William Blackstone

William Blackstone Sir William Blackstone (10 July 1723 – 14 February 1780) was an English jurist, justice and Tory politician most noted for his ''Commentaries on the Laws of England'', which became the best-known description of the doctrines of the English common law. Born into a middle-class family in London, Blackstone was educated at Charterhouse School before matriculating at Pembroke College, Oxford, in 1738. After switching to and completing a Bachelor of Civil Law degree, he was made a fellow of All Souls College, Oxford, on 2 November 1743, admitted to Middle Temple, and called to the Bar there in 1746. Following a slow start to his career as a barrister, Blackstone became heavily involved in university administration, becoming accountant, treasurer and bursar on 28 November 1746 and Senior Bursar in 1750. Blackstone is considered responsible for completing the Codrington Library and Warton Building, and simplifying the complex accounting system used by the college. On 3 July 1753 he formally gave up his practice as a barrister and instead embarked on a series of lectures on English law, the first of their kind. These were massively successful, earning him a total of £453 (£}} in terms), and led to the publication of ''An Analysis of the Laws of England'' in 1756, which repeatedly sold out and was used to preface his later works.

On 20 October 1759 Blackstone was confirmed as the first Vinerian Professor of English Law, immediately embarking on another series of lectures and publishing a similarly successful second treatise, titled ''A Discourse on the Study of the Law''. With his growing fame, he successfully returned to the bar and maintained a good practice, also securing election as Tory Member of Parliament for the rotten borough of Hindon on 30 March 1761. In November 1765 he published the first of four volumes of ''Commentaries on the Laws of England'', considered his ''magnum opus''; the completed work earned Blackstone £14,000 (£}} in terms). After repeated failures, he successfully gained appointment to the judiciary as a justice of the Court of King's Bench on 16 February 1770, leaving to replace Edward Clive as a justice of the Common Pleas on 25 June. He remained in this position until his death, on 14 February 1780.

Blackstone's four-volume ''Commentaries'' were designed to provide a complete overview of English law and were repeatedly republished in 1770, 1773, 1774, 1775, 1778 and in a posthumous edition in 1783. Reprints of the first edition, intended for practical use rather than antiquary interest, were published until the 1870s in England and Wales, and a working version by Henry John Stephen, first published in 1841, was reprinted until after the Second World War. Legal education in England had stalled; Blackstone's work gave the law "at least a veneer of scholarly respectability". William Searle Holdsworth, one of Blackstone's successors as Vinerian Professor, argued that "If the Commentaries had not been written when they were written, I think it very doubtful that the United States, and other English speaking countries would have so universally adopted the common law." In the United States, the ''Commentaries'' influenced Alexander Hamilton, John Marshall, James Wilson, John Jay, John Adams, James Kent and Abraham Lincoln, and remain frequently cited in Supreme Court decisions. Provided by Wikipedia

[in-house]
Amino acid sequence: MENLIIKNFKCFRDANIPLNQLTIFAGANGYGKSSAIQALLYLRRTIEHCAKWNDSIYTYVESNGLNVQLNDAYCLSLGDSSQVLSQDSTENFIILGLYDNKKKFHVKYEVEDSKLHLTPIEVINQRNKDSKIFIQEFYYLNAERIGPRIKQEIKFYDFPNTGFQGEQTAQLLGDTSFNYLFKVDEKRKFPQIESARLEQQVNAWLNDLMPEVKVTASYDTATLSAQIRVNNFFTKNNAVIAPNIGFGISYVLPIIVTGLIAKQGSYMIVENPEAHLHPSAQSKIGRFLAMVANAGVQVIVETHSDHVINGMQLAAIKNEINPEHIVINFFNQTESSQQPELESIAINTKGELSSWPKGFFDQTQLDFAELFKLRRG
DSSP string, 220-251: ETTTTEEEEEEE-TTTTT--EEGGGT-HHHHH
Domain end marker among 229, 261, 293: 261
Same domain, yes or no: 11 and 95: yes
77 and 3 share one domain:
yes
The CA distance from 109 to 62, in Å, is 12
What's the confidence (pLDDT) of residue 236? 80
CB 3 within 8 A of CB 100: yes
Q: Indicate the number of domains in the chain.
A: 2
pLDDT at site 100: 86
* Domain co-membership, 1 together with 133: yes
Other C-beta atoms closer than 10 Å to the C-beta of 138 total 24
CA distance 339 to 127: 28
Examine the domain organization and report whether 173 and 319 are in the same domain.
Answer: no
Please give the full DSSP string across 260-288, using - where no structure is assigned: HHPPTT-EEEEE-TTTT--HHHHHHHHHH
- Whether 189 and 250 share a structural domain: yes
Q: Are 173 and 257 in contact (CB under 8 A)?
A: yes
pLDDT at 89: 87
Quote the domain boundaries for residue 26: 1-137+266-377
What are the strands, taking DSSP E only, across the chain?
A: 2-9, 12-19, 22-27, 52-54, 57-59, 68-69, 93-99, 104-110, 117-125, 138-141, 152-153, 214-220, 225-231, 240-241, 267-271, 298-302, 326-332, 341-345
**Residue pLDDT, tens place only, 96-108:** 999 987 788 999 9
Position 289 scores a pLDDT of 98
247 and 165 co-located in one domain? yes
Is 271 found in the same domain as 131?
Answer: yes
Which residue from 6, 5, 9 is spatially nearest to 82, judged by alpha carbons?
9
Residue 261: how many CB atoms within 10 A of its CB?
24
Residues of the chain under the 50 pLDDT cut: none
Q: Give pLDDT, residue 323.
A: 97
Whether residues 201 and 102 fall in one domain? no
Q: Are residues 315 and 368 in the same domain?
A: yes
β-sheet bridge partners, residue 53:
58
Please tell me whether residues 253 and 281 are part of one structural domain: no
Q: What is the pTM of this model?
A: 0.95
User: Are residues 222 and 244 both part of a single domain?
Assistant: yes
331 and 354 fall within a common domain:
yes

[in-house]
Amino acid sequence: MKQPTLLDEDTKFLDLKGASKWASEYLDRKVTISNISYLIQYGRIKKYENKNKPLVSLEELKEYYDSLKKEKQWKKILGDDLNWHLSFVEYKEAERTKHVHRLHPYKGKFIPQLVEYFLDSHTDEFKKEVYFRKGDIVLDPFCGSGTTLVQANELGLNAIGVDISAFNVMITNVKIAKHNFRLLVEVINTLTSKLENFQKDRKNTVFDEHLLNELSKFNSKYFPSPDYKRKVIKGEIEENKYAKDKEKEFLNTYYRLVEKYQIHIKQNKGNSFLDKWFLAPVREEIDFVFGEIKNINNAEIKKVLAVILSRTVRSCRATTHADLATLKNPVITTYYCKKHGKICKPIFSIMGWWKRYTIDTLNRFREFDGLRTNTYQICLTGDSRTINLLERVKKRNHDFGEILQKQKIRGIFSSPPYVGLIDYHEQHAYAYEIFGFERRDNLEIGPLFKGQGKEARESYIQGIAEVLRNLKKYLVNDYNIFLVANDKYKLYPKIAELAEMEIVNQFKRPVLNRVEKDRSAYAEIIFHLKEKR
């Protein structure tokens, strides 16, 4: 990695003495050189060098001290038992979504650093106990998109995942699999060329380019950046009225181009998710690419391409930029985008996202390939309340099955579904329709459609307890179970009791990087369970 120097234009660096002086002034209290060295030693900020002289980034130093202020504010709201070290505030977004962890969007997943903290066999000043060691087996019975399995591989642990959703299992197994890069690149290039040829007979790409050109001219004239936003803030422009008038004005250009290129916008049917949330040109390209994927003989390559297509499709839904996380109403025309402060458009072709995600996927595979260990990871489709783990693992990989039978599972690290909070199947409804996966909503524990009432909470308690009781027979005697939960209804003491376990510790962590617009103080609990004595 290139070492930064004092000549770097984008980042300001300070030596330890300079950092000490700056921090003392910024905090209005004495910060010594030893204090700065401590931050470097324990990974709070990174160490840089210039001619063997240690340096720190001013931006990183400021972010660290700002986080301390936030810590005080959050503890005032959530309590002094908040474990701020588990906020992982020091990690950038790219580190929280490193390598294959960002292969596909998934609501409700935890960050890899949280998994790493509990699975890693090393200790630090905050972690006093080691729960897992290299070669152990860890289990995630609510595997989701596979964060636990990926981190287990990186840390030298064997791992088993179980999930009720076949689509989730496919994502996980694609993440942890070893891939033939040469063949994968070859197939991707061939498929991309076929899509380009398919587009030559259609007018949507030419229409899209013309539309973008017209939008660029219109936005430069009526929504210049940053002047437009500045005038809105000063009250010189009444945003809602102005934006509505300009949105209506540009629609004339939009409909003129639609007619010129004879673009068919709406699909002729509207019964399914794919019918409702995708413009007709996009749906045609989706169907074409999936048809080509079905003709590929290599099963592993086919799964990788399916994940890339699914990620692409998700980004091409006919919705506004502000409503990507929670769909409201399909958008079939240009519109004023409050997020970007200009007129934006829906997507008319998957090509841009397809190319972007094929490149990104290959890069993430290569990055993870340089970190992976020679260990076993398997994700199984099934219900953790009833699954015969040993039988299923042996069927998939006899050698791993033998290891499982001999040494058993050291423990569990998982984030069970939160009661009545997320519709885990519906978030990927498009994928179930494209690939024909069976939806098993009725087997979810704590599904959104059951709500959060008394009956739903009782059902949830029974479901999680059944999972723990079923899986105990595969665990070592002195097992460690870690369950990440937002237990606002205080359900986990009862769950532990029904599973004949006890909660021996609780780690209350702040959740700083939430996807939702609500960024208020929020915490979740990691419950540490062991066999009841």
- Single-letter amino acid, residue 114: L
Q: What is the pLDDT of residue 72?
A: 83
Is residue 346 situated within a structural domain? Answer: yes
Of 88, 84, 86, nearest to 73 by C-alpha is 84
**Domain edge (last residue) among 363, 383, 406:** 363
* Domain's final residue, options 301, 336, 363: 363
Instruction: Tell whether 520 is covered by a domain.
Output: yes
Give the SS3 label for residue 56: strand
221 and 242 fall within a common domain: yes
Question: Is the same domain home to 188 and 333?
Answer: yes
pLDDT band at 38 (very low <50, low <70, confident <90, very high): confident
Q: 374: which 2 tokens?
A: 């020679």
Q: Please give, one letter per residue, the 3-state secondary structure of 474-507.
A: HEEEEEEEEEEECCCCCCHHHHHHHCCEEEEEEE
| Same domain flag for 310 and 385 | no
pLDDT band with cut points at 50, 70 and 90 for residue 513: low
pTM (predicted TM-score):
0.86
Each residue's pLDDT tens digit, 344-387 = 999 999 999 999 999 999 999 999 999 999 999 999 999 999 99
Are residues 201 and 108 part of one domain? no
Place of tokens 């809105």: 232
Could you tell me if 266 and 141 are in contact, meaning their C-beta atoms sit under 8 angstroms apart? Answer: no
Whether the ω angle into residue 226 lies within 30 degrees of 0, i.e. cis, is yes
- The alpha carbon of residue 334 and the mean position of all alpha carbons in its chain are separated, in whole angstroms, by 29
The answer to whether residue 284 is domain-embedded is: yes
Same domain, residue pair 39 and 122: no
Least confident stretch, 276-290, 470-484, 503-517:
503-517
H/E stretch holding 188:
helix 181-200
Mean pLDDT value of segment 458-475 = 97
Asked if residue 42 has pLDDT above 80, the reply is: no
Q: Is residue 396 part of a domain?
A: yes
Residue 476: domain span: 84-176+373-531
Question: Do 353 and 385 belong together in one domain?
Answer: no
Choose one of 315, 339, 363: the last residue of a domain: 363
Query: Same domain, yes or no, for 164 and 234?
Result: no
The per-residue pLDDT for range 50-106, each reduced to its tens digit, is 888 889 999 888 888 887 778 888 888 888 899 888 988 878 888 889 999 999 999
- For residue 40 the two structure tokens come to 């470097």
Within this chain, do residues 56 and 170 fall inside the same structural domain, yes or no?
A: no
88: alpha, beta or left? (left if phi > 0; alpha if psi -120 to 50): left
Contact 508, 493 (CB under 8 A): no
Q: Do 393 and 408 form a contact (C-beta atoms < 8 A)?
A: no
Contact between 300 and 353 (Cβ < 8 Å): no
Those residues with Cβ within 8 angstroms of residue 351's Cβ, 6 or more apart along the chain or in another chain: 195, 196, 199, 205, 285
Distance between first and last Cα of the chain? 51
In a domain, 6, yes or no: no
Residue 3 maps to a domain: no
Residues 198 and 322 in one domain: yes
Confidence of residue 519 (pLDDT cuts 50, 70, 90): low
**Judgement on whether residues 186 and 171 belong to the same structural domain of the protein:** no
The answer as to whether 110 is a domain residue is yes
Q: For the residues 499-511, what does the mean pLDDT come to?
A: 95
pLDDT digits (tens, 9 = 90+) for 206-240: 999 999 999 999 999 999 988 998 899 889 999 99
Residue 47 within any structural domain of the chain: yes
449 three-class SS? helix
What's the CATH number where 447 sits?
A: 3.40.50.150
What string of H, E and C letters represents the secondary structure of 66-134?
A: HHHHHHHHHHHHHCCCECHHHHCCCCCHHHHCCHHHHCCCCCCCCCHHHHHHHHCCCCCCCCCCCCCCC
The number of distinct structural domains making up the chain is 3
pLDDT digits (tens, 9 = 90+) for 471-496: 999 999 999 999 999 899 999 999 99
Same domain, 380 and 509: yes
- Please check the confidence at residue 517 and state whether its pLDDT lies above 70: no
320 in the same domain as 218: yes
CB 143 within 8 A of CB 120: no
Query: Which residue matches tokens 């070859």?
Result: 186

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    Commentaries on the laws of England. by Blackstone, William, 1723-1780

    Published 2016
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    Commentaries on the laws of England in four books / by Blackstone, William, 1723-1780

    Published 1775
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    Commentaries on the laws of England by Blackstone, William, 1723-1780

    Published 1780
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    Commentaries on the laws of England in four books / by Blackstone, William, 1723-1780

    Published 1786
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    Commentaries on the laws of England by Blackstone, William, 1723-1780

    Published 1771
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    Tracts, chiefly relating to the antiquities and laws of England by Blackstone, William, 1723-1780

    Published 1771
    Other Authors: “…Blackstone, William, 1723-1780…”
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